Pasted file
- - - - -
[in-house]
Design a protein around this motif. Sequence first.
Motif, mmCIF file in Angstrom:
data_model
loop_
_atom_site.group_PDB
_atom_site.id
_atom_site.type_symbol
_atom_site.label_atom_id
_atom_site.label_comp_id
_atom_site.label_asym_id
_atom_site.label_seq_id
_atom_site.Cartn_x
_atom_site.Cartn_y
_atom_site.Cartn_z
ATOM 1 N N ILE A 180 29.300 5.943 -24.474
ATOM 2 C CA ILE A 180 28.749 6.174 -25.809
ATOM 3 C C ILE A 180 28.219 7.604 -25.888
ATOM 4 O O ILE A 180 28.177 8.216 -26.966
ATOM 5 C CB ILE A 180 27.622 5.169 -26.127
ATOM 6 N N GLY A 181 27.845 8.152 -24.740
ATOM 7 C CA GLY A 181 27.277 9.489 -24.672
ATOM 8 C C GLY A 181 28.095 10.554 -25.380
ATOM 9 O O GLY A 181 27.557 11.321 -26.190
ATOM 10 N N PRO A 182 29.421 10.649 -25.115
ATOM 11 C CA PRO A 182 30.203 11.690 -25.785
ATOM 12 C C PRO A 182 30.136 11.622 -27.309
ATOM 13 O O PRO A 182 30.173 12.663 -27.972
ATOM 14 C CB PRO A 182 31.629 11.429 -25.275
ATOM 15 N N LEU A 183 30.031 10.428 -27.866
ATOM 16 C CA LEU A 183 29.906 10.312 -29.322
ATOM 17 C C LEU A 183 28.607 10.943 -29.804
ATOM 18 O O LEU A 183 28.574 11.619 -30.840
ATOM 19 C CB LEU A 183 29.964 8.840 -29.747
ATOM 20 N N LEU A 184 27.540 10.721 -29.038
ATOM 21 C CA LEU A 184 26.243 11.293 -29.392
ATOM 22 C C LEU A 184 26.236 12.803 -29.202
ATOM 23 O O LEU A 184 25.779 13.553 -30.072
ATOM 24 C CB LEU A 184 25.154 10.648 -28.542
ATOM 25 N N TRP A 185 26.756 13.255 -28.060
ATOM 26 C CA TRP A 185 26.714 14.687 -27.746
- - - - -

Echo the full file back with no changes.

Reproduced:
[in-house]
Design a protein around this motif. Sequence first.
Motif, mmCIF file in Angstrom:
data_model
loop_
_atom_site.group_PDB
_atom_site.id
_atom_site.type_symbol
_atom_site.label_atom_id
_atom_site.label_comp_id
_atom_site.label_asym_id
_atom_site.label_seq_id
_atom_site.Cartn_x
_atom_site.Cartn_y
_atom_site.Cartn_z
ATOM 1 N N ILE A 180 29.300 5.943 -24.474
ATOM 2 C CA ILE A 180 28.749 6.174 -25.809
ATOM 3 C C ILE A 180 28.219 7.604 -25.888
ATOM 4 O O ILE A 180 28.177 8.216 -26.966
ATOM 5 C CB ILE A 180 27.622 5.169 -26.127
ATOM 6 N N GLY A 181 27.845 8.152 -24.740
ATOM 7 C CA GLY A 181 27.277 9.489 -24.672
ATOM 8 C C GLY A 181 28.095 10.554 -25.380
ATOM 9 O O GLY A 181 27.557 11.321 -26.190
ATOM 10 N N PRO A 182 29.421 10.649 -25.115
ATOM 11 C CA PRO A 182 30.203 11.690 -25.785
ATOM 12 C C PRO A 182 30.136 11.622 -27.309
ATOM 13 O O PRO A 182 30.173 12.663 -27.972
ATOM 14 C CB PRO A 182 31.629 11.429 -25.275
ATOM 15 N N LEU A 183 30.031 10.428 -27.866
ATOM 16 C CA LEU A 183 29.906 10.312 -29.322
ATOM 17 C C LEU A 183 28.607 10.943 -29.804
ATOM 18 O O LEU A 183 28.574 11.619 -30.840
ATOM 19 C CB LEU A 183 29.964 8.840 -29.747
ATOM 20 N N LEU A 184 27.540 10.721 -29.038
ATOM 21 C CA LEU A 184 26.243 11.293 -29.392
ATOM 22 C C LEU A 184 26.236 12.803 -29.202
ATOM 23 O O LEU A 184 25.779 13.553 -30.072
ATOM 24 C CB LEU A 184 25.154 10.648 -28.542
ATOM 25 N N TRP A 185 26.756 13.255 -28.060
ATOM 26 C CA TRP A 185 26.714 14.687 -27.746